UtilityVision is a comprehensive regulatory framework which shows how the parts of a modern energy system can be aligned to put the consumer at the system’s center.  This integrated vision enables us to attain our climate, economic, and consumer goals. UtilityVision is organized around five key areas for reform:

“Acadia Center’s UtilityVision demonstrates that consumer interests today include a broad span of energy-related issues, from the bedrock consumer concern of affordability to newer considerations like improved energy control, more sustainable energy, clear and accessible energy information, and the opportunity to generate their own local energy and sell it back to the grid,” said Abigail Anthony, Director of Acadia Center’s Grid Modernization and Utility Reform Initiative.

“UtilityVision provides an opportunity for regulators and key stakeholders to view consumer interests in this broader context far beyond the outdated lens of the centralized, one-way power grid of the past,” Anthony said.

Background: UtilityVision addresses one core part of a vision for how to move to a clean energy system and drive down carbon emissions.  It outlines a pathway for stakeholders and regulators to modernize the way we plan, manage and invest in the power grid and ties utility business models, rate-making and customer-side energy resources all together. The illustrated publication outlines the full range of relevant issues and includes detailed policy recommendations. It will serve as a starting point for conversations with policy makers, constituent groups, media and other public forums.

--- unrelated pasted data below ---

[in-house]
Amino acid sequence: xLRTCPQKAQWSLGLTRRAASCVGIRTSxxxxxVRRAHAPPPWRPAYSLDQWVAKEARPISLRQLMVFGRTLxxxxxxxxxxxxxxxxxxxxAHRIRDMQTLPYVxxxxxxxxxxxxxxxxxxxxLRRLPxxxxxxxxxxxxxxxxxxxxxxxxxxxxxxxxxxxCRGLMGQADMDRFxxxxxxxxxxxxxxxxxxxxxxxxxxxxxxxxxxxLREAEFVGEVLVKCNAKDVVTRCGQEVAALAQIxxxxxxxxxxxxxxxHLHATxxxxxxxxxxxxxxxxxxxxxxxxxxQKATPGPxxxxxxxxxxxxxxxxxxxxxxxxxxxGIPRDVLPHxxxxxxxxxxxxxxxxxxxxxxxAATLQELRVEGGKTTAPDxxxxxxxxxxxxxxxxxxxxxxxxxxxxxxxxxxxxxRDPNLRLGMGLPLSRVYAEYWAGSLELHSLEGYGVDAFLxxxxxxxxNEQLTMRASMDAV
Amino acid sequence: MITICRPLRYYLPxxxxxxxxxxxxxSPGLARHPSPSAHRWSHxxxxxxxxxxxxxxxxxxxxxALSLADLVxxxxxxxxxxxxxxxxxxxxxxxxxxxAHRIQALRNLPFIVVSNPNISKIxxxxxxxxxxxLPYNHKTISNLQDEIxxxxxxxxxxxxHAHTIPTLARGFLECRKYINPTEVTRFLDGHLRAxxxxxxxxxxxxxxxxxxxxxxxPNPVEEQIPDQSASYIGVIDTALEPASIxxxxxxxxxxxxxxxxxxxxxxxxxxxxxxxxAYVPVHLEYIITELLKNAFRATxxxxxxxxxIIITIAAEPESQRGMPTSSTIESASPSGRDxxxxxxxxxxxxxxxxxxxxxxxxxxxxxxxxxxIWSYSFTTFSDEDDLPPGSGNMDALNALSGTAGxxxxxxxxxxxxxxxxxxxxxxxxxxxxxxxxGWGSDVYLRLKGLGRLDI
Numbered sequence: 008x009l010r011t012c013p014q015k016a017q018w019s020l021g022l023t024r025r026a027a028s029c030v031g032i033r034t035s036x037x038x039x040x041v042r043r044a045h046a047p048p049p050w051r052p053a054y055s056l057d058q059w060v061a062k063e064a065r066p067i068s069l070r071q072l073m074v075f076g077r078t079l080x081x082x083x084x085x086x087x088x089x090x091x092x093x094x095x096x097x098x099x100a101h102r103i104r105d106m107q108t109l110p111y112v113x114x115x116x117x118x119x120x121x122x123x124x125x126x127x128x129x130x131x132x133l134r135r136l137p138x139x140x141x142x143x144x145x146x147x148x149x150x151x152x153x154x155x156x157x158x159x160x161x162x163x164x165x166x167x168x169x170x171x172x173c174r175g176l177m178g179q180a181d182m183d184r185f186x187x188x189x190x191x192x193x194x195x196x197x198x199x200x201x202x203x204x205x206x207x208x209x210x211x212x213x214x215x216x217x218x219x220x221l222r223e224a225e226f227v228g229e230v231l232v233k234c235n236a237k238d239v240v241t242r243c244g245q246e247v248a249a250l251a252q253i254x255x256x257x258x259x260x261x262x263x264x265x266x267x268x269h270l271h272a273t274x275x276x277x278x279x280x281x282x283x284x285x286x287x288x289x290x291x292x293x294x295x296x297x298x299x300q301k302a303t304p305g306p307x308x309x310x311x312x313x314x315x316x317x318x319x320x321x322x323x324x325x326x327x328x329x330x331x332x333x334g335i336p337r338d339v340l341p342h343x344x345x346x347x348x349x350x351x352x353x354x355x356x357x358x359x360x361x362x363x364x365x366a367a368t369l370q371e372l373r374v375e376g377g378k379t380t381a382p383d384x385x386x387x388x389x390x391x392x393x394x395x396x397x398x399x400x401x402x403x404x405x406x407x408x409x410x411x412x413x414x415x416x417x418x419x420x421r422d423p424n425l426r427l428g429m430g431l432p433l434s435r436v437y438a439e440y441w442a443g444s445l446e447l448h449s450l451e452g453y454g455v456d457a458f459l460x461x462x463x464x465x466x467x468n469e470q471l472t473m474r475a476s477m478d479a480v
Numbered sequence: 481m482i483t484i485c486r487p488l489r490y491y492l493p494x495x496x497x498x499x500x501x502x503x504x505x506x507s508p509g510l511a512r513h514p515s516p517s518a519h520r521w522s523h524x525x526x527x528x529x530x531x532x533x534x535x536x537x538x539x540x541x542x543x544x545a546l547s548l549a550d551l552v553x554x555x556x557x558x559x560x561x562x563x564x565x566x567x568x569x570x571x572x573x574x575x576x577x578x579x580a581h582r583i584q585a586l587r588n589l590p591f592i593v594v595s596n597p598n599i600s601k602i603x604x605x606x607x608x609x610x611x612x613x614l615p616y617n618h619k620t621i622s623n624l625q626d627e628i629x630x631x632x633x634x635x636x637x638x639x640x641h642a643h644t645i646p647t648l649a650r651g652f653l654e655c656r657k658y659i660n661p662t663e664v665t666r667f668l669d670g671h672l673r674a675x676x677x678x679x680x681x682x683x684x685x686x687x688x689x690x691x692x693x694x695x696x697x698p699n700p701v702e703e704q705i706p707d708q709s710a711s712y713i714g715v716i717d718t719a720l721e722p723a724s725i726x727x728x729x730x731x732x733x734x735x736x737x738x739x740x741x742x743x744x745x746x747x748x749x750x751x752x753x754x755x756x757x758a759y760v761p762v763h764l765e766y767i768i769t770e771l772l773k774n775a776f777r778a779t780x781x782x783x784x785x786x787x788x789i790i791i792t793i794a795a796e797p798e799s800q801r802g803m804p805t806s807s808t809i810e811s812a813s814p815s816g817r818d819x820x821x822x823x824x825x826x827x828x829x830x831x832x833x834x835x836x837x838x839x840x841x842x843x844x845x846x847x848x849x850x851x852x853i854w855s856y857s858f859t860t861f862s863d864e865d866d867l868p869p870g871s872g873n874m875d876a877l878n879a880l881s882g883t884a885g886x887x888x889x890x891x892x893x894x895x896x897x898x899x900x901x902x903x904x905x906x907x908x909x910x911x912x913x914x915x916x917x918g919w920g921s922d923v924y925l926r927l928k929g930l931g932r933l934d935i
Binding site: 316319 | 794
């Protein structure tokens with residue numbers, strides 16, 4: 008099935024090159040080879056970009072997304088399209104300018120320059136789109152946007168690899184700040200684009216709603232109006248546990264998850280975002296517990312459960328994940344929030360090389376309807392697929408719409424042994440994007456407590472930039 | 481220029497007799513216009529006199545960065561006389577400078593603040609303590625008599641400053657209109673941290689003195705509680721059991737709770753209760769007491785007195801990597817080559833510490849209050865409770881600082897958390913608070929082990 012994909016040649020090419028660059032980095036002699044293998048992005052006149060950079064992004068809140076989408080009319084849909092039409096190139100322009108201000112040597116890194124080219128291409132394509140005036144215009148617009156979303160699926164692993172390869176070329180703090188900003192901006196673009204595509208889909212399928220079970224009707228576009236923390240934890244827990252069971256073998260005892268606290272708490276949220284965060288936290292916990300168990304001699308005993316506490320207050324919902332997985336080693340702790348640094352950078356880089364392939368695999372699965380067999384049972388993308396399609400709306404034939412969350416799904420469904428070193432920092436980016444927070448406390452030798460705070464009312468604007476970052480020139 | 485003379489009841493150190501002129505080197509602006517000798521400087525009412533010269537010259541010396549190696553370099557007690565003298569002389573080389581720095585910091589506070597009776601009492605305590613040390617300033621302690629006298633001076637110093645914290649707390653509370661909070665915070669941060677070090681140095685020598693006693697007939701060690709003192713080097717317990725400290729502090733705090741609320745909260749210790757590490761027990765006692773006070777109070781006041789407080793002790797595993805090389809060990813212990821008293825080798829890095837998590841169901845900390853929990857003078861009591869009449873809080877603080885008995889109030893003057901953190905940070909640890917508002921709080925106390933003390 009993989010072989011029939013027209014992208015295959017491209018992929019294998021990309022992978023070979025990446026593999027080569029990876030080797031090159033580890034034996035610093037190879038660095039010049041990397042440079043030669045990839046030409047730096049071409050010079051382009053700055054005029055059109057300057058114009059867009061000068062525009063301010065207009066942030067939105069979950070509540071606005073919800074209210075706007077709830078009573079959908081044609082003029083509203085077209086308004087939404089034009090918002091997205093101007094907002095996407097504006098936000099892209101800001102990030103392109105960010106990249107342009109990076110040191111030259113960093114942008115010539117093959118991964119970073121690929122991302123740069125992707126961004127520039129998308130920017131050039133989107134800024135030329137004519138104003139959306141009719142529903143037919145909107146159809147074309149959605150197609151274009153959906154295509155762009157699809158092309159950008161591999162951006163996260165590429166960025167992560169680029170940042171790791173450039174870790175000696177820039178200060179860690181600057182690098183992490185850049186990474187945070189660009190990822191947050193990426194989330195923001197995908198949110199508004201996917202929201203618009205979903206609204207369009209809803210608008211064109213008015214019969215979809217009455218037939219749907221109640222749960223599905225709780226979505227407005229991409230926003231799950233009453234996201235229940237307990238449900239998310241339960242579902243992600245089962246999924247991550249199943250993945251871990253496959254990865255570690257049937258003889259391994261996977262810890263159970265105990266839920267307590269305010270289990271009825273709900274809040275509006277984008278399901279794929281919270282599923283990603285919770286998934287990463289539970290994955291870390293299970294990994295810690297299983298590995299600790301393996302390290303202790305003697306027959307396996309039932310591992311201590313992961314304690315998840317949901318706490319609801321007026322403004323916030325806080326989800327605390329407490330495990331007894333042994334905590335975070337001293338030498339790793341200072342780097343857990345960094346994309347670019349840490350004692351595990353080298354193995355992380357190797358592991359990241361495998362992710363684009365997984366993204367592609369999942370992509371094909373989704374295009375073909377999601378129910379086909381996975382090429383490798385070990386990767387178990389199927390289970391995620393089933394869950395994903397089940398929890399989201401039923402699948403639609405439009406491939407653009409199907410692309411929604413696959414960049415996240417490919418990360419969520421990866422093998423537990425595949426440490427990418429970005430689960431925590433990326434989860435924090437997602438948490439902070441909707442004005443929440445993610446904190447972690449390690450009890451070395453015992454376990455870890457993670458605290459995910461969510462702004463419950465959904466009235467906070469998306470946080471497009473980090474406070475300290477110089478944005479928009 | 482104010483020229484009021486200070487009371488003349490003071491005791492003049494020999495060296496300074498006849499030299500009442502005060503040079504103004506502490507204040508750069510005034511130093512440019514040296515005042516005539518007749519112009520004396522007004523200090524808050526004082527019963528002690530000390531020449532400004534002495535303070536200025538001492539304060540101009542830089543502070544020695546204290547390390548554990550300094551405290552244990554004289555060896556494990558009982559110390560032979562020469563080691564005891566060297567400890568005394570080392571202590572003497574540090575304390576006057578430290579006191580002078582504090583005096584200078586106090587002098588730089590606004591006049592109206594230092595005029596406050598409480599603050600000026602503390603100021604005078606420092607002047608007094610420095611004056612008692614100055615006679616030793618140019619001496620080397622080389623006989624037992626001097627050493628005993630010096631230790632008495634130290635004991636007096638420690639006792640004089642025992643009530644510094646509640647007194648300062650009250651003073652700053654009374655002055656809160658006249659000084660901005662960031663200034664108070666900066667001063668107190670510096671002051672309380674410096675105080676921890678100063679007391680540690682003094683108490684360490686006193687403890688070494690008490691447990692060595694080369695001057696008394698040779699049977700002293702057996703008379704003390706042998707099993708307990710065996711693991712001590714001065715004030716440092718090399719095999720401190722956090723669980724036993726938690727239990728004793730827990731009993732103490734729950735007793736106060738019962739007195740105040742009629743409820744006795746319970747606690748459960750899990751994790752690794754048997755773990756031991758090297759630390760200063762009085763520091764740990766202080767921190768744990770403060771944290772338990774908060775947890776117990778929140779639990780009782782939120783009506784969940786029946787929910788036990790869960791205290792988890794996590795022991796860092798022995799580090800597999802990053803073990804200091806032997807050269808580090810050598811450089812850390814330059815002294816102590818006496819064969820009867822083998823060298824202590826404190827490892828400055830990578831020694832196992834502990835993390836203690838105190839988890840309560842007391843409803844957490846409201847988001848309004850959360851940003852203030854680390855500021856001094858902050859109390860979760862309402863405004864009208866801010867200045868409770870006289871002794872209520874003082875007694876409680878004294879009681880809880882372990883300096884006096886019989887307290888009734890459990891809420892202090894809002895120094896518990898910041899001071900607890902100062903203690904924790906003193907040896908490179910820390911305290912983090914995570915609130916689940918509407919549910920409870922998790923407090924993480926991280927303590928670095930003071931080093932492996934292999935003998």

UtilityVision builds on Acadia Center’s EnergyVision ( —released in 2014—which charts out reforms in four interconnected areas to produce a cleaner, lower cost energy system and reach the necessary 80 percent carbon emission reductions by 2050.

UtilityVision is available online:



Abigail Anthony, Director, Grid Modernization and Utility Reform Initiative, 401-276-0600,
Emily Avery-Miller, Director External Relations, Acadia Center, 617-742-0054 x100,

Looking Forward -Goals for 2015 and Beyond

Planning ahead in the new year, Acadia Center continues our quest for new solutions to propel us toward a clean energy future, one that can drastically reduce carbon emissions and combat climate change. Looking Forward presents our long-term vision and the current initiatives underway to make that vision a reality.

It all starts with EnergyVision : the framework for a clean energy, low-carbon future focused on using advances in clean electricity – phasing out fossil fuels –to heat buildings and power cars. This clean energy future empowers consumers, lowers greenhouse gas (GHG) emissions and increases economic productivity. EnergyVision demonstrates that reforms achieved simultaneously in four key sectors will help states reach 80% GHG emissions reductions by 2050 – a crucial target for addressing climate change.

To get there, Acadia Center researches, analyzes data and advocates—together with partners and stakeholders—in order to craft and implement needed policy reforms in four areas: electrification of vehicles and buildings; clean renewable energy; power grid modernization; and energy efficiency. We’re forging ahead and working on the ground to reach these specific goals:


The transition to new, broadly electrified energy system that is low-carbon, efficient, and consumer-friendly is already moving forward. That future will be achieved more quickly as we adopt forward-looking policies, uproot outdated technologies and apply new ways of thinking about energy options throughout the year.